It helps that Avani finds herself in the safe embrace of her family at all times. She credits her parents, Shweta (who travels everywhere with her), Praveen, and younger brother Arnav for keeping her grounded. “I am so grateful that everyone around me is super honest, and they’re always there to be upfront with me. My parents, especially, keep me grounded. My brother too; you know how siblings are. They easily show me my place and keep me rooted. Even if I try to wave the Paralympic medals around, they say, okay, that’s done. What next? So yeah, this won’t fly there,” Avani says with a chuckle.
Don’t let her cherubic face fool you. Circumstances and, in many ways, her sport have made Avani wise beyond her years. “I belong to a community of people with disabilities. They look up to me. Even if I manage to inspire one person and motivate them to live their life fully and not just restrict themselves to their disability, it would be a big success,” Avani says. The 21-year-old does see the gap between what’s available to an elite athlete and what trickles down to regular people, calling this something the country needs to address. “I am seeing development in the stadiums and ranges. They are slowly becoming wheelchair-friendly and have wheelchair-accessible washrooms. But this is not translating into the lives of regular people. People with disabilities have trouble with stairs and vehicular transportation. Not all schools are wheelchair-accessible. These are big areas where we have not done enough to bridge the gap,” she explains.
Another area Avani identifies as having potential for the future is research. “Every para athlete’s physical markers and abilities are different. Data availability and solid research, especially in areas like prosthetics, can complement the work we do to keep improving,” she adds. Avani, who was honoured with the Sportstar Aces Para Athlete of the Year (Female) award in 2022, also believes this is a good time for private players to do what they’ve done for able-bodied sports and athletes in the para ecosystem. The National Camp in New Delhi is step one in a busy calendar for Avani. She heads to South Korea first for the World Cup, with all her preparation geared towards finishing on the podium at the Asian Para Games in China later this year. “When I won the Paralympic gold, it didn’t sink in for quite a long time. But then I took a break and started competing again. The idea was to leave the baggage of success behind and start afresh,” she adds.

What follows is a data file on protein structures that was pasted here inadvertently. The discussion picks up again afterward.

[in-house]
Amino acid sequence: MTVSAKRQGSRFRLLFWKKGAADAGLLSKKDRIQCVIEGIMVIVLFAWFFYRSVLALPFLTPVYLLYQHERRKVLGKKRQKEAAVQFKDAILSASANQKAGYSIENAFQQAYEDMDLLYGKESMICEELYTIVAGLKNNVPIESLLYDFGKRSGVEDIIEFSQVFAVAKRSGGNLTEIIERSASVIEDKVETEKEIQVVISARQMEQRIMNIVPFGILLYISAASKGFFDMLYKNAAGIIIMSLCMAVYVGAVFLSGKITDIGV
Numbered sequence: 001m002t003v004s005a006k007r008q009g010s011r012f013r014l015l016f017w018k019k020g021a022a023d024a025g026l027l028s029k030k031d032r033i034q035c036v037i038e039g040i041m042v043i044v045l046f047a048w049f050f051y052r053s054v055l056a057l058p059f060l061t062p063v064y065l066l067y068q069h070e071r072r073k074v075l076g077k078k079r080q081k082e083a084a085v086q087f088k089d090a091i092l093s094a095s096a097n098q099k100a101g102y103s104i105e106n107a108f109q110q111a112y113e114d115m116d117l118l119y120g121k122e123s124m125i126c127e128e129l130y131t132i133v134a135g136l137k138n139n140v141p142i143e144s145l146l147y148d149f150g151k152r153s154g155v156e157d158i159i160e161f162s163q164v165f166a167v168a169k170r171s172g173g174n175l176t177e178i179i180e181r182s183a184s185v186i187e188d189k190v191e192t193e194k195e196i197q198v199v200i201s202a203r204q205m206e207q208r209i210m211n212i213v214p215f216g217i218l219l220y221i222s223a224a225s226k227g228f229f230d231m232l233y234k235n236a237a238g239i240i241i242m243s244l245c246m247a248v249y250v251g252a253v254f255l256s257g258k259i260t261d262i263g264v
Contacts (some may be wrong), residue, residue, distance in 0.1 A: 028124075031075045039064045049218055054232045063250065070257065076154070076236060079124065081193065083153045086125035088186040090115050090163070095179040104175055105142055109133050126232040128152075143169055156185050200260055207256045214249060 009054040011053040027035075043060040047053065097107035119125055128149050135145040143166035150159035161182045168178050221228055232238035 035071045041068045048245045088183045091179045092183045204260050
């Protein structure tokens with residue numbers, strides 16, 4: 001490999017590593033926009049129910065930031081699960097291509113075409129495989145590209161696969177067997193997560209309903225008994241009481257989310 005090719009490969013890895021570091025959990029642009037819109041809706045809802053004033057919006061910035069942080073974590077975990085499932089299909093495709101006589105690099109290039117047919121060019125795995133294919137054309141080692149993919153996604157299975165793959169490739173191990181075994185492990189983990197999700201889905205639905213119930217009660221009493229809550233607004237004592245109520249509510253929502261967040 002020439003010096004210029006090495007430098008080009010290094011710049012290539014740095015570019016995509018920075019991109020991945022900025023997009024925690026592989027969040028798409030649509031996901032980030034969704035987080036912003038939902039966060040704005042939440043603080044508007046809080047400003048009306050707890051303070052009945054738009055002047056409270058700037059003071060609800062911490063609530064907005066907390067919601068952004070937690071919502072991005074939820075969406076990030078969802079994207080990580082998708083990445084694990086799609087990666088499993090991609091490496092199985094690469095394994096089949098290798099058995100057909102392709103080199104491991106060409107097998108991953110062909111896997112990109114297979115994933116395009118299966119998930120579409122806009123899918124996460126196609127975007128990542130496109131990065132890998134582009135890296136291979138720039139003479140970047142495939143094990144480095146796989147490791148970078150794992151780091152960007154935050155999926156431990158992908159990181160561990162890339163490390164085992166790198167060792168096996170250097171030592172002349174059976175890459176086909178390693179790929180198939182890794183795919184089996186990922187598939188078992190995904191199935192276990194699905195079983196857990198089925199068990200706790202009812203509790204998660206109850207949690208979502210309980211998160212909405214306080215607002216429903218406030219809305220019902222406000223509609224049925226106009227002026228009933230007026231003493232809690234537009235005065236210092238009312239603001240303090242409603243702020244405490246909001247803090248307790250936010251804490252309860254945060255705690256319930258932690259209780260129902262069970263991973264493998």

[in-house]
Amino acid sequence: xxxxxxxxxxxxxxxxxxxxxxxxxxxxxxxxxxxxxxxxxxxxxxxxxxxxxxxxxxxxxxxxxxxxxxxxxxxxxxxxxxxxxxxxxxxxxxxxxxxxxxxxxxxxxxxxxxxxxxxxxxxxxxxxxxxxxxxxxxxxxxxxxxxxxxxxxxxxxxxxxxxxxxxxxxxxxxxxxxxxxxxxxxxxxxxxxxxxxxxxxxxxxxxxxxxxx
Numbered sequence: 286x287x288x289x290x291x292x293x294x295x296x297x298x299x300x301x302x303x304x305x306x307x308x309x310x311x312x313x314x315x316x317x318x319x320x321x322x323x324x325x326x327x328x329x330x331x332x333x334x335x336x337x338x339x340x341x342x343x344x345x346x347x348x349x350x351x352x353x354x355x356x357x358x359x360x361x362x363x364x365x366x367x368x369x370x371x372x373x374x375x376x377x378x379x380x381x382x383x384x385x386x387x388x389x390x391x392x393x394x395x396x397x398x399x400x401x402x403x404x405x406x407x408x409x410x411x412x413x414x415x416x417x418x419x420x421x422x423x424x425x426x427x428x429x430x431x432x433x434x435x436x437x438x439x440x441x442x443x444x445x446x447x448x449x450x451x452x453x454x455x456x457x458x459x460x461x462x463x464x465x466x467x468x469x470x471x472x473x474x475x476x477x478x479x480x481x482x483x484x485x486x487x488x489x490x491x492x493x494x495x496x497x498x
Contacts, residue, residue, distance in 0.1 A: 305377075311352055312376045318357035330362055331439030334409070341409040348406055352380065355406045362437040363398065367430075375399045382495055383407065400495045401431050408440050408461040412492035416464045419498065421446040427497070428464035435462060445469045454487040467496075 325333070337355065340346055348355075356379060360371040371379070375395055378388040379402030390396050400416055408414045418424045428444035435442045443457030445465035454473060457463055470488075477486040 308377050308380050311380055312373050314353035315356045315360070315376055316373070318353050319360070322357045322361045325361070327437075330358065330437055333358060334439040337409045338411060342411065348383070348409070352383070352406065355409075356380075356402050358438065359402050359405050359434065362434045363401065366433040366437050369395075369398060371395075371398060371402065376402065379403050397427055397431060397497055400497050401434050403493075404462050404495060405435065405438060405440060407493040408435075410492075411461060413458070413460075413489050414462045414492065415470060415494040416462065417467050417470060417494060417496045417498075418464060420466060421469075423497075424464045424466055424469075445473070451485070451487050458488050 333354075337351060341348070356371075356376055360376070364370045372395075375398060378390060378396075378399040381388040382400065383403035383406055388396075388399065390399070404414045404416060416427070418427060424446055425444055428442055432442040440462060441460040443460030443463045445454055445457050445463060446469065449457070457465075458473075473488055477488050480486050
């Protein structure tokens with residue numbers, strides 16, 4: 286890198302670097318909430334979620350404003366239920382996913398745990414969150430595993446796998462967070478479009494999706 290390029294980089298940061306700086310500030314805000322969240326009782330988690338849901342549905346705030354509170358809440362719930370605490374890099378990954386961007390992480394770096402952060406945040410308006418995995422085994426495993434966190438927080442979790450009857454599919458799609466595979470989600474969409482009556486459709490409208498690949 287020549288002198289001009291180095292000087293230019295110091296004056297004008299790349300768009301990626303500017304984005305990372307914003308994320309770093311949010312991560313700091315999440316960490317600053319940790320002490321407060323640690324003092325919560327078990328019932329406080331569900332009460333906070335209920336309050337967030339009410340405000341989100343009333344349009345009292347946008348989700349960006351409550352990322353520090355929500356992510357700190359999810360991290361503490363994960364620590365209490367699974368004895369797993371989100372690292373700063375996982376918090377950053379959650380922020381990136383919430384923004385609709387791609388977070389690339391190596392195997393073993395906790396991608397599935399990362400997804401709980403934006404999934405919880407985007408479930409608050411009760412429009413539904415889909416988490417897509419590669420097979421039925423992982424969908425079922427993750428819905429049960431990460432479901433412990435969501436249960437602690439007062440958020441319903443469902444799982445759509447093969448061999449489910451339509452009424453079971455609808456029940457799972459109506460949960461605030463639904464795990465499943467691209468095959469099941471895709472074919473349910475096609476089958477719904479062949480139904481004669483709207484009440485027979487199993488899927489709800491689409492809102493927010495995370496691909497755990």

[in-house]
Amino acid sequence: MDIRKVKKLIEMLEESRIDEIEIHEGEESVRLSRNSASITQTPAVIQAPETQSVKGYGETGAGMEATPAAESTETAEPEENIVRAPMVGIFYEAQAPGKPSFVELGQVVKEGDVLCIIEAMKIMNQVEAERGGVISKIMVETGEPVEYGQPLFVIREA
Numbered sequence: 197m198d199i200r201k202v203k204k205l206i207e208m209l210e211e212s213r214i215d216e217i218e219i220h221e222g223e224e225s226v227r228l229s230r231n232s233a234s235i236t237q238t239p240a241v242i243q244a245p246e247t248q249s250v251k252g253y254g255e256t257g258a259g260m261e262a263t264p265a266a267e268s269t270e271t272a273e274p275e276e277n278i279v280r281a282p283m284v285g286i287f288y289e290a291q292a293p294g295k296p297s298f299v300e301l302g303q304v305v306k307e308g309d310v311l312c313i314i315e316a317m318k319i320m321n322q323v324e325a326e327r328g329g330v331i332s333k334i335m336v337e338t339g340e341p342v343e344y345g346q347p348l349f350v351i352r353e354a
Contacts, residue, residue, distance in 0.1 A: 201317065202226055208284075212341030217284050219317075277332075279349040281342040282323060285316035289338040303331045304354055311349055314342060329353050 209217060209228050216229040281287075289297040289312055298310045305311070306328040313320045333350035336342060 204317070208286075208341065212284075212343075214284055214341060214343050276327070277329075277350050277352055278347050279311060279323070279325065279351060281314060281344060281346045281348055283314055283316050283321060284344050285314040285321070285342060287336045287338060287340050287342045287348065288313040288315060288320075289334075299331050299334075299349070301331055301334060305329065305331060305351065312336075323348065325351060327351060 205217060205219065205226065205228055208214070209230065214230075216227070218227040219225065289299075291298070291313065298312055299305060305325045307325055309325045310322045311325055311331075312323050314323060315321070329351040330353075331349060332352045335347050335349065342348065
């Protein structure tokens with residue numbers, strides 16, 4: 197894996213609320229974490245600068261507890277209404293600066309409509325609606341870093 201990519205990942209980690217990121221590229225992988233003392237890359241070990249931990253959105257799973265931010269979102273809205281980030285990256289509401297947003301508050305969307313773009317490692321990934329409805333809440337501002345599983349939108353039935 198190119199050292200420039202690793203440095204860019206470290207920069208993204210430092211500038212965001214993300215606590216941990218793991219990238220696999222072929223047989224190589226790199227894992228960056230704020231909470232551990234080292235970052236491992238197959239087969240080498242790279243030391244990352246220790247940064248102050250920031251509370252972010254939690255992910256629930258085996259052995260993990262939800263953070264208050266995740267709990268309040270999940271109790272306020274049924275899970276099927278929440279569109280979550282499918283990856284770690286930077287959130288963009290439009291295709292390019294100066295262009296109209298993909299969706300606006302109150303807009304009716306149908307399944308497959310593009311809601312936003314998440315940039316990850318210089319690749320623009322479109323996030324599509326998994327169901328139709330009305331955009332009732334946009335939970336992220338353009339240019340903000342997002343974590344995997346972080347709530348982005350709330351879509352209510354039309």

Currently pursuing a degree in law, academics fill any gaps in her training itinerary. The real challenge is juggling family and friends while globetrotting. “I am an absent friend and family member because I barely get time. So when I am back or taking a break, catching up with the important people in my life takes top priority,” Avani says. Her discipline and focus in the range are perfectly balanced by a chaotic playlist she turns to right before she goes to shoot, swearing by Punjabi pop sensation Diljit Dosanjh to pump up her mood before any big tournament. For now, Avani is living in the moment, something sport taught her to do when she was at her lowest. “Sport is the only place where you can keep going, even if you lose, and for that I am grateful,” she concludes.